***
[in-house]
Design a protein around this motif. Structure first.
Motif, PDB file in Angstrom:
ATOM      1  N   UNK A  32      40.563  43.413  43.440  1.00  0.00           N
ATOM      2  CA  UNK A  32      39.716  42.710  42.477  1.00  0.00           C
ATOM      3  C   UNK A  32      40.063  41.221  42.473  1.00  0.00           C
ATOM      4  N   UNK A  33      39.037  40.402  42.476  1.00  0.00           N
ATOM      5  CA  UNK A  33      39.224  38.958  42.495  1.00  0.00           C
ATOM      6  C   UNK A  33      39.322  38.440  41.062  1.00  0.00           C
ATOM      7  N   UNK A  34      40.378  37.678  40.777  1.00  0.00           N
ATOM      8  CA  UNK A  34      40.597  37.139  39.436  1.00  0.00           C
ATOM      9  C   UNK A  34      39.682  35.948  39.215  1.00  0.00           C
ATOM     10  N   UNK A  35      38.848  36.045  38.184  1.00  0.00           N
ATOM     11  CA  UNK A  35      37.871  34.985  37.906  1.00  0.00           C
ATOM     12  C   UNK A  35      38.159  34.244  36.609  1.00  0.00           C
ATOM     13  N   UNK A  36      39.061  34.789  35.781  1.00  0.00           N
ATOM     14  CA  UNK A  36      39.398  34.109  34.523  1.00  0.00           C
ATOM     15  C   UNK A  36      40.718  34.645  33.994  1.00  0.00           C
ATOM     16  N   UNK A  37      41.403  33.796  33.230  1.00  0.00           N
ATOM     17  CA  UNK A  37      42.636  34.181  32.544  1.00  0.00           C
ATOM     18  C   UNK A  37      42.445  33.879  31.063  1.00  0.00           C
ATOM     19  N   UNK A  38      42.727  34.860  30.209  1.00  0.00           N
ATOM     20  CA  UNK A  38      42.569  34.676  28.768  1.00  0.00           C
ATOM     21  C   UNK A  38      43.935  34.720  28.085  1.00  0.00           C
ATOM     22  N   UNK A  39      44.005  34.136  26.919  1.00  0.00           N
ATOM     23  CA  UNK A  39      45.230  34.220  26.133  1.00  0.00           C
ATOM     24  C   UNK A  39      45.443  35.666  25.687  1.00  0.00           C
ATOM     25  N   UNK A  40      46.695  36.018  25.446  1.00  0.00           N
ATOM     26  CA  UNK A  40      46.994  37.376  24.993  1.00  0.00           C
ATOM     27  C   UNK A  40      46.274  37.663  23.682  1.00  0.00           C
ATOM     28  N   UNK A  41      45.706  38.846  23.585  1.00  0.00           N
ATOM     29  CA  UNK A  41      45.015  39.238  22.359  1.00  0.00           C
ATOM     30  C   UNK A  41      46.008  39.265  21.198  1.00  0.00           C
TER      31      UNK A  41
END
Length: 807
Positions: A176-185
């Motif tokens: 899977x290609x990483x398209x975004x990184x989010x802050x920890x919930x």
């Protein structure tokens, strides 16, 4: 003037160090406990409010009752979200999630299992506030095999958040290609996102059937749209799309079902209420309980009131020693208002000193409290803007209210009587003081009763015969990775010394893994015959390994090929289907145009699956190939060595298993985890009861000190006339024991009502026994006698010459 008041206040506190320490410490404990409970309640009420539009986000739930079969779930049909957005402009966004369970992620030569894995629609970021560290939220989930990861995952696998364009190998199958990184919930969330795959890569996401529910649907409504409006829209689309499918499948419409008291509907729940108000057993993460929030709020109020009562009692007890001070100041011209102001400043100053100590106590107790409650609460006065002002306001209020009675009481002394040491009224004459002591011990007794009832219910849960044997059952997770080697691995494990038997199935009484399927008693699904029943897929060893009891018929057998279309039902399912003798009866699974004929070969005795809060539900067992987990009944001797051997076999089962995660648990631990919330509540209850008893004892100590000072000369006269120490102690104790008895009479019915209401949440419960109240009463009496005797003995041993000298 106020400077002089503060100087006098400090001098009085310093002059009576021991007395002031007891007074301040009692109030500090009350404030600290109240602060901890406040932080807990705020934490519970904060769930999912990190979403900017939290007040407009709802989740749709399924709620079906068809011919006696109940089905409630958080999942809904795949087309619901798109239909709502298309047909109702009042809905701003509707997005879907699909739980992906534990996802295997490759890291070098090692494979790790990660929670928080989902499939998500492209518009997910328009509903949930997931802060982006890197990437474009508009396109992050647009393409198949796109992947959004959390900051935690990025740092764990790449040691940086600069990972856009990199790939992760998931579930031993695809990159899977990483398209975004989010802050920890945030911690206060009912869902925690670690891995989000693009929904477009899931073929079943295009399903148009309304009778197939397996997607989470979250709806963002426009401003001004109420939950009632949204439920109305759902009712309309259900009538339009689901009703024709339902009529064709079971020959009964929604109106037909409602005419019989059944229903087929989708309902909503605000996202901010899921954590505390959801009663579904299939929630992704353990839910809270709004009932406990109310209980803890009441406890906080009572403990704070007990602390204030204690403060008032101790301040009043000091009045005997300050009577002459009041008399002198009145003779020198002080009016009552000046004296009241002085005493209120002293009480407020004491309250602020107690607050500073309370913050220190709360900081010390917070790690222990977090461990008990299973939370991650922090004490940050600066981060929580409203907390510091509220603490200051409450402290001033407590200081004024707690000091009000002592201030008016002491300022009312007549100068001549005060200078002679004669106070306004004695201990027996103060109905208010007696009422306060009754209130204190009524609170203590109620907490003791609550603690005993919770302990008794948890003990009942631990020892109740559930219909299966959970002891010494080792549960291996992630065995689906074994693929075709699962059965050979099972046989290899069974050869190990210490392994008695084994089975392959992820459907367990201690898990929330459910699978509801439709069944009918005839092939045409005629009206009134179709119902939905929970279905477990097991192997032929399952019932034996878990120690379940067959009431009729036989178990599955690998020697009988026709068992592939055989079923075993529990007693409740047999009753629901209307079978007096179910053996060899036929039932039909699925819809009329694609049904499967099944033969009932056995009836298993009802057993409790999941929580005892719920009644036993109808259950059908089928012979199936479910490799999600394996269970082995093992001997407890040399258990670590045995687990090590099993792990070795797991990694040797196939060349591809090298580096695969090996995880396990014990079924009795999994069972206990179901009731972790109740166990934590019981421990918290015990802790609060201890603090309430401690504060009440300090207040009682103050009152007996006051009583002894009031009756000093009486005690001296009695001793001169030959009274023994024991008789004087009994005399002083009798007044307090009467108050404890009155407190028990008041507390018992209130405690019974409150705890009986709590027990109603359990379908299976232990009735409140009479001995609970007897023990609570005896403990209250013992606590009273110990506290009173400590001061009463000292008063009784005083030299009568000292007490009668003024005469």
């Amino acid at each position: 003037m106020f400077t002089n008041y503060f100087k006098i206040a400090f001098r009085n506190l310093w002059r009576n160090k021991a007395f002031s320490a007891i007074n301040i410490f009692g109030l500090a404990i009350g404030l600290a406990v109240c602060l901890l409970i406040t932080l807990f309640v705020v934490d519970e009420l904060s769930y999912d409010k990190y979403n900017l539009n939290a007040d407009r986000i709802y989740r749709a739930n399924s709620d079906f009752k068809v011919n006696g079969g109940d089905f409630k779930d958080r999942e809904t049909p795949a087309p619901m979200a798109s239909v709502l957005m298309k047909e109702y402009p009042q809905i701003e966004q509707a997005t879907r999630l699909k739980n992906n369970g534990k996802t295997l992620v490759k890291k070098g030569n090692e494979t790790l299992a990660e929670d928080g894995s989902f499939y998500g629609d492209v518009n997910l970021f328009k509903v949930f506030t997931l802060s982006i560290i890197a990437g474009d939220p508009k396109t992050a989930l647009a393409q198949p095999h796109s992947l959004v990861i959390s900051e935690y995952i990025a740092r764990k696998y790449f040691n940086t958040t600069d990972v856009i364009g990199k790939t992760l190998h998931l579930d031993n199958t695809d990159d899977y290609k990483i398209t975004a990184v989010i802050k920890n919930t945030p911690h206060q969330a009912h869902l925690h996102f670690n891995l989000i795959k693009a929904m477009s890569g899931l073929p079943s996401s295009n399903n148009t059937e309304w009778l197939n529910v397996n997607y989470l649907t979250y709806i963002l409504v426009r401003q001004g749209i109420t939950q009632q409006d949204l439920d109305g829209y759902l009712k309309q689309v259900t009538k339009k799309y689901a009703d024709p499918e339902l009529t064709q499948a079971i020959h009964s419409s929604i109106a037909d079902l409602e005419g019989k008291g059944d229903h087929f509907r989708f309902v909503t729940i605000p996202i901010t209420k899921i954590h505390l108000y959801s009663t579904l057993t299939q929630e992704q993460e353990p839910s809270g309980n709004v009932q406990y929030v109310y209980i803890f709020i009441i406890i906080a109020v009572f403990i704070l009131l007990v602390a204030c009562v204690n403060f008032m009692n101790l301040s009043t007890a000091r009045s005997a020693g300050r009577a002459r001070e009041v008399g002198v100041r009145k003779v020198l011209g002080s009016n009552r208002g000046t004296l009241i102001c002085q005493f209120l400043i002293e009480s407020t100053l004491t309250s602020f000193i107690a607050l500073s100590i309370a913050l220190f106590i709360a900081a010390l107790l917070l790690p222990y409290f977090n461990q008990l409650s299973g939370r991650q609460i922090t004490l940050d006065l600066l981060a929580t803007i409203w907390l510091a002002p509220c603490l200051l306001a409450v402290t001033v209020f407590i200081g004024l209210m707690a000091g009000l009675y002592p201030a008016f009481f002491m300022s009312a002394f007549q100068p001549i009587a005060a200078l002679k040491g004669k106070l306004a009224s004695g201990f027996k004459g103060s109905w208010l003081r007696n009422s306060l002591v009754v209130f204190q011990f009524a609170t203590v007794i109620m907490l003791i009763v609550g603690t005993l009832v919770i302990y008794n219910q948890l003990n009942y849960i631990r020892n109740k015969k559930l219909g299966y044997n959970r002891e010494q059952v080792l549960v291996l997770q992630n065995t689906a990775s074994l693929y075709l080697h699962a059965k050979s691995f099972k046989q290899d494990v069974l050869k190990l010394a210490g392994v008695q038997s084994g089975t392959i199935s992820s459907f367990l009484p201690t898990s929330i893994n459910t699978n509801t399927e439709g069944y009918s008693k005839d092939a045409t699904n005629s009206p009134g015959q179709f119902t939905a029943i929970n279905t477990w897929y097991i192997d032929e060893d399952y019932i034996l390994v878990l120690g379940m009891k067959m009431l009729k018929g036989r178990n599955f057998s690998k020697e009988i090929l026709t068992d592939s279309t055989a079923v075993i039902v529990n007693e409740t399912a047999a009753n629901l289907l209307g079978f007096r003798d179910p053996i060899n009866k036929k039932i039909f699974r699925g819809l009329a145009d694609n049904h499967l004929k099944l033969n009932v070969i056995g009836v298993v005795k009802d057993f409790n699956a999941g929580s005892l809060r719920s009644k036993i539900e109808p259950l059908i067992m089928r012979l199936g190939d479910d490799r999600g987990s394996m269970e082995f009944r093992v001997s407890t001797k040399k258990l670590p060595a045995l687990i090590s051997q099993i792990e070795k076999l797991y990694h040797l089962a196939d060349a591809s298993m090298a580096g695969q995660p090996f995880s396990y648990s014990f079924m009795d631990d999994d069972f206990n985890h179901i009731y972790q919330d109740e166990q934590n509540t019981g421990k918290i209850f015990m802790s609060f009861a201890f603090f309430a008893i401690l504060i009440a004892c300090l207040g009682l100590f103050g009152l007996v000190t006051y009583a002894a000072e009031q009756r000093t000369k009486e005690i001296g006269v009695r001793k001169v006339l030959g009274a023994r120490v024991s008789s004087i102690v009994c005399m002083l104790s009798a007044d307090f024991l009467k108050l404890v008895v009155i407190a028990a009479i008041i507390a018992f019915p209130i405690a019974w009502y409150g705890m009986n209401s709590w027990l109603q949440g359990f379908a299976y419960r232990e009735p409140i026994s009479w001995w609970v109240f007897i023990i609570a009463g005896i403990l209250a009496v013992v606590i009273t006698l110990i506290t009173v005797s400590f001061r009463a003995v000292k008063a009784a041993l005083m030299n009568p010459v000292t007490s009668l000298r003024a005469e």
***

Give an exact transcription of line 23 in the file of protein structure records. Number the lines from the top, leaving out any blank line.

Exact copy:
ATOM     20  CA  UNK A  38      42.569  34.676  28.768  1.00  0.00           C